Multi-factor Authentication – You can enable MFA devices for your AWS Account as well as for the users you have created under your AWS Account with AWS IAM. In addition, you add MFA protection for access across AWS Accounts, for when you want to allow a user you’ve created under one AWS Account to use an IAM role to access resources under another AWS Account. You can require the user to use MFA before assuming the role as an additional layer of security. 

You can also enforce MFA authentication for AWS service APIs in order to provide an extra layer of protection over powerful or privileged actions such as terminating Amazon EC2 instances or reading sensitive data stored in Amazon S3. You do this by adding an MFA-authentication requirement to an IAM access policy. You can attach these access policies to IAM users, IAM groups, or resources that support Access Control Lists (ACLs) like Amazon S3 buckets, SQS queues, and SNS topics.

AWS Trusted Advisor Security Checks – The AWS Trusted Advisor customer support service not only monitors for cloud performance and resiliency, but also cloud security. Trusted Advisor inspects your AWS environment and makes recommendations when opportunities may exist to save money, improve system performance, or close security gaps. It provides alerts on several of the most common security misconfigurations that can occur, including leaving certain ports open that make you vulnerable to hacking and unauthorized access, neglecting to create IAM accounts for your internal users, allowing public access to Amazon S3 buckets, not turning on user activity logging (AWS CloudTrail), or not using MFA on your root AWS Account.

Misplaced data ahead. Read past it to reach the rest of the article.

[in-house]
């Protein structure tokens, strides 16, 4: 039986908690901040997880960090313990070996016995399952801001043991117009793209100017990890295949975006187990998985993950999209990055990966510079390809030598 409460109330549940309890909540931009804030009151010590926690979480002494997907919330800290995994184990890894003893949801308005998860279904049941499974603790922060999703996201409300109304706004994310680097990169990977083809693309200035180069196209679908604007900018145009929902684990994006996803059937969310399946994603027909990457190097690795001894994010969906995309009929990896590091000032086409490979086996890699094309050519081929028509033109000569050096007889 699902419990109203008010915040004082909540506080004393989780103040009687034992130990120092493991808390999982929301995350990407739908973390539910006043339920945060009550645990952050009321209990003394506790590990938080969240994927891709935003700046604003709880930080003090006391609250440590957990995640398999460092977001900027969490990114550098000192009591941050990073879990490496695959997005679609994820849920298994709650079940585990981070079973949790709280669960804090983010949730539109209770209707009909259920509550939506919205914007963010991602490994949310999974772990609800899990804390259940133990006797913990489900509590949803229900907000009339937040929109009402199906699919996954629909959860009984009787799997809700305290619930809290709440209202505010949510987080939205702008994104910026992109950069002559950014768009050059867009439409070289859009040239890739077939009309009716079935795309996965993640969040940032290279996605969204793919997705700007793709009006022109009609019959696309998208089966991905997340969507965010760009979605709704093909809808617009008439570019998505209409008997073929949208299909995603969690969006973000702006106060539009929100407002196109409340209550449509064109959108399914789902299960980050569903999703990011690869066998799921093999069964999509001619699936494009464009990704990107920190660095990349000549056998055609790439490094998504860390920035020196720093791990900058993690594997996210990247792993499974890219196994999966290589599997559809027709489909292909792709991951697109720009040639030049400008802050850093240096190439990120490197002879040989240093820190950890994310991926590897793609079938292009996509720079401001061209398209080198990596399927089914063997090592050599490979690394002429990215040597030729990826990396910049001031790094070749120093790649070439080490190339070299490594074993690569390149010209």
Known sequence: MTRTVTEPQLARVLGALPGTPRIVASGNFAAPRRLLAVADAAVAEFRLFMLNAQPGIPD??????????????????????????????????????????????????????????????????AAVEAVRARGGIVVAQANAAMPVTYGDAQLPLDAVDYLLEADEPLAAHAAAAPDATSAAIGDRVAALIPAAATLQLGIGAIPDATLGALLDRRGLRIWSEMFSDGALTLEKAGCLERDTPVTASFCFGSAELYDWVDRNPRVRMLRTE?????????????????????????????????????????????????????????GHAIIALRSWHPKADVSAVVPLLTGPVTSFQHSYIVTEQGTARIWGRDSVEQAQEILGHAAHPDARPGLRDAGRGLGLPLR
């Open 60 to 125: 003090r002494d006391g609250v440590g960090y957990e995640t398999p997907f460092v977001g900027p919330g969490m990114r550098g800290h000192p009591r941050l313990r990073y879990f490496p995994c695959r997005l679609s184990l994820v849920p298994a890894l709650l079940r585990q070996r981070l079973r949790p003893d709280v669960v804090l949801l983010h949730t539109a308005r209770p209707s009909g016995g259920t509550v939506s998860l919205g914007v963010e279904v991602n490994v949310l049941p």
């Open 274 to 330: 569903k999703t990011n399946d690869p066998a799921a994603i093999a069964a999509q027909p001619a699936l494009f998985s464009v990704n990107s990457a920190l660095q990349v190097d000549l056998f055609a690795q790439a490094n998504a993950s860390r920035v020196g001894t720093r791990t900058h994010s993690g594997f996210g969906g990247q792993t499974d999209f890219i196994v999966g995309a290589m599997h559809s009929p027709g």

Amazon Virtual Private Cloud (Amazon VPC) Security – Normally, each Amazon EC2 instance you launch is randomly assigned a public IP address in the Amazon EC2 address space. Amazon VPC enables you to create an isolated portion of the AWS cloud and launch Amazon EC2 instances that have private (RFC 1918) addresses in the range of your choice (e.g., 10.0.0.0/16). You can define subnets within your VPC, grouping similar kinds of instances based on IP address range, and then set up routing and security to control the flow of traffic in and out of the instances and subnets. AWS offers a variety of VPC architecture templates with configurations that provide varying levels of public access: